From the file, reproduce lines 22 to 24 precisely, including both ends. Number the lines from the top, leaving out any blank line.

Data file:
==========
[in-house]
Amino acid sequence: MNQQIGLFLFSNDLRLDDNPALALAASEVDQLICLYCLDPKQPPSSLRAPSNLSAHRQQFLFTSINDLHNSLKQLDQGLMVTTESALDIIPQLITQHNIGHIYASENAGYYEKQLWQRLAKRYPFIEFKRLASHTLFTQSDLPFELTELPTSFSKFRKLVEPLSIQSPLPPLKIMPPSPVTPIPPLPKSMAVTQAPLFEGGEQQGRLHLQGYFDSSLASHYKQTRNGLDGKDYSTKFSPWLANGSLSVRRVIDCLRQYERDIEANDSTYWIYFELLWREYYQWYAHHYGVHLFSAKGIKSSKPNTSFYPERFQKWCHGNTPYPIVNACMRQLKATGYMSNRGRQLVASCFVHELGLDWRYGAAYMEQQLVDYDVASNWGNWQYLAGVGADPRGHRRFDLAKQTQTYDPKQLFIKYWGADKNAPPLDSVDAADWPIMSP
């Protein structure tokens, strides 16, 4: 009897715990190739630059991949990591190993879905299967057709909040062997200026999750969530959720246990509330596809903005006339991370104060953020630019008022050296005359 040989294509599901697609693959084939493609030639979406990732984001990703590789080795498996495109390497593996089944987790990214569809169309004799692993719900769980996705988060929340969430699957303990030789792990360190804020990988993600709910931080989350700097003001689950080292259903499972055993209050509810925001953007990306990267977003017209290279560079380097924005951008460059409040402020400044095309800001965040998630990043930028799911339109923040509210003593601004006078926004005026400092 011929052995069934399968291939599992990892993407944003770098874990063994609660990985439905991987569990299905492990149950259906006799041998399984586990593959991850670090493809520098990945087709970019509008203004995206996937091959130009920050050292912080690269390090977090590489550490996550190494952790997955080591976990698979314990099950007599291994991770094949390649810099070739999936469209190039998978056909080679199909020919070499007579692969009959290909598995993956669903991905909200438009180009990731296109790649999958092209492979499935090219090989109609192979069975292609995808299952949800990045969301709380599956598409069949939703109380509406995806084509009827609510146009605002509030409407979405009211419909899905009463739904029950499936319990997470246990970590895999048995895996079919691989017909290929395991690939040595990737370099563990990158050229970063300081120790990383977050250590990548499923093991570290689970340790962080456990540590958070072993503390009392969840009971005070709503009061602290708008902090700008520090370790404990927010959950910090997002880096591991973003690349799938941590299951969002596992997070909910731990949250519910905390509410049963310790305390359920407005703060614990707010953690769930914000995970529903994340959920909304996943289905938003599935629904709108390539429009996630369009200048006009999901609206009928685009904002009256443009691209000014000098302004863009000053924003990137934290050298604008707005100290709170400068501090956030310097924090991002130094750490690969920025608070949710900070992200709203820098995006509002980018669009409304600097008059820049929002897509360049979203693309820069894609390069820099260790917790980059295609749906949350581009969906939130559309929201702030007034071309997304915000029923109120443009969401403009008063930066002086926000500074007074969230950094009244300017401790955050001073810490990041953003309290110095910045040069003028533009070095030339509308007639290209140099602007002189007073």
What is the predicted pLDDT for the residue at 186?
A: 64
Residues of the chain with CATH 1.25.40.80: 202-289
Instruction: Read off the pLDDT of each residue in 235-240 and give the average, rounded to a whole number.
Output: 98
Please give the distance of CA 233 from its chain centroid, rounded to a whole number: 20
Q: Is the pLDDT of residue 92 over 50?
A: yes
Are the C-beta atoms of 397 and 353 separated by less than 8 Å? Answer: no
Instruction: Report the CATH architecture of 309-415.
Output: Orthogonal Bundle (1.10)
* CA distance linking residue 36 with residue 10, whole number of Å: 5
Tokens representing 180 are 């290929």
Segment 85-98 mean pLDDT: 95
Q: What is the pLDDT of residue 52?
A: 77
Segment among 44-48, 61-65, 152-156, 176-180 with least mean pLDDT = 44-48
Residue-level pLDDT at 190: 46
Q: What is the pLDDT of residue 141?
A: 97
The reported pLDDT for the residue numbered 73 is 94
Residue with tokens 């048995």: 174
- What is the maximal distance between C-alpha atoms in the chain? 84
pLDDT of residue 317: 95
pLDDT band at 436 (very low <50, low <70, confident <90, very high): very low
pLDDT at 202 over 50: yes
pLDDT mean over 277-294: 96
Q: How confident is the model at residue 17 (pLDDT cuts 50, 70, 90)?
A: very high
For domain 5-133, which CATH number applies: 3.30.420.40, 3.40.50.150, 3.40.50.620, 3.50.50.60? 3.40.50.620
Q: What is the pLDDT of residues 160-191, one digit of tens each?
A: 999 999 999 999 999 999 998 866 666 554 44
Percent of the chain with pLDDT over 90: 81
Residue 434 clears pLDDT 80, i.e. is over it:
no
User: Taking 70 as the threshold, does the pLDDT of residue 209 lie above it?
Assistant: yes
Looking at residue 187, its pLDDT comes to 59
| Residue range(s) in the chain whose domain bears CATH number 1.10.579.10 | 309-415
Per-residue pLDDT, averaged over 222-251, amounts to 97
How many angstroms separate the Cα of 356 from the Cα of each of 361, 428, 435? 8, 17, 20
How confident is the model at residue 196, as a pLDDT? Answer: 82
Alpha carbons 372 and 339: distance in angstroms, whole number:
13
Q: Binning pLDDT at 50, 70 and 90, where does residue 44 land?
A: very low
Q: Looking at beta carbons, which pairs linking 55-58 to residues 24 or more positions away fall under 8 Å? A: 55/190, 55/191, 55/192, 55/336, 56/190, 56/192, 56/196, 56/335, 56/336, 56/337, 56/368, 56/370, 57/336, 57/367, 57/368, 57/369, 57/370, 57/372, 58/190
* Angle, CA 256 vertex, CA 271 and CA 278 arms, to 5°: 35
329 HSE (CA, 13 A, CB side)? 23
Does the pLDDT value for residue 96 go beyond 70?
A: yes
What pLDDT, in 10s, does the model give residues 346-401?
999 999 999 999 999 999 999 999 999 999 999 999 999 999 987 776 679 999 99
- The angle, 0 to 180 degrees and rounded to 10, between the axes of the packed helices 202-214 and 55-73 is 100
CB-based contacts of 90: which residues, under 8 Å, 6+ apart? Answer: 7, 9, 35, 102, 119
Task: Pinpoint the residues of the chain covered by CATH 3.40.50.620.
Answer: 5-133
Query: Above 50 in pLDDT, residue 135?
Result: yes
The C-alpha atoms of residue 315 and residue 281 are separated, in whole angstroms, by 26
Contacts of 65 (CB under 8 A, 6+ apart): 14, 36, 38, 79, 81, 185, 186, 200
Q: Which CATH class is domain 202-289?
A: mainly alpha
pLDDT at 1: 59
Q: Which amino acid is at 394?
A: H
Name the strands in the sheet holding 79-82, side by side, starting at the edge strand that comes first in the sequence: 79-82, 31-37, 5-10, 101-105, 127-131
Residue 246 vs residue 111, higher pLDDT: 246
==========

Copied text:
Q: What is the pLDDT of residue 141?
A: 97
The reported pLDDT for the residue numbered 73 is 94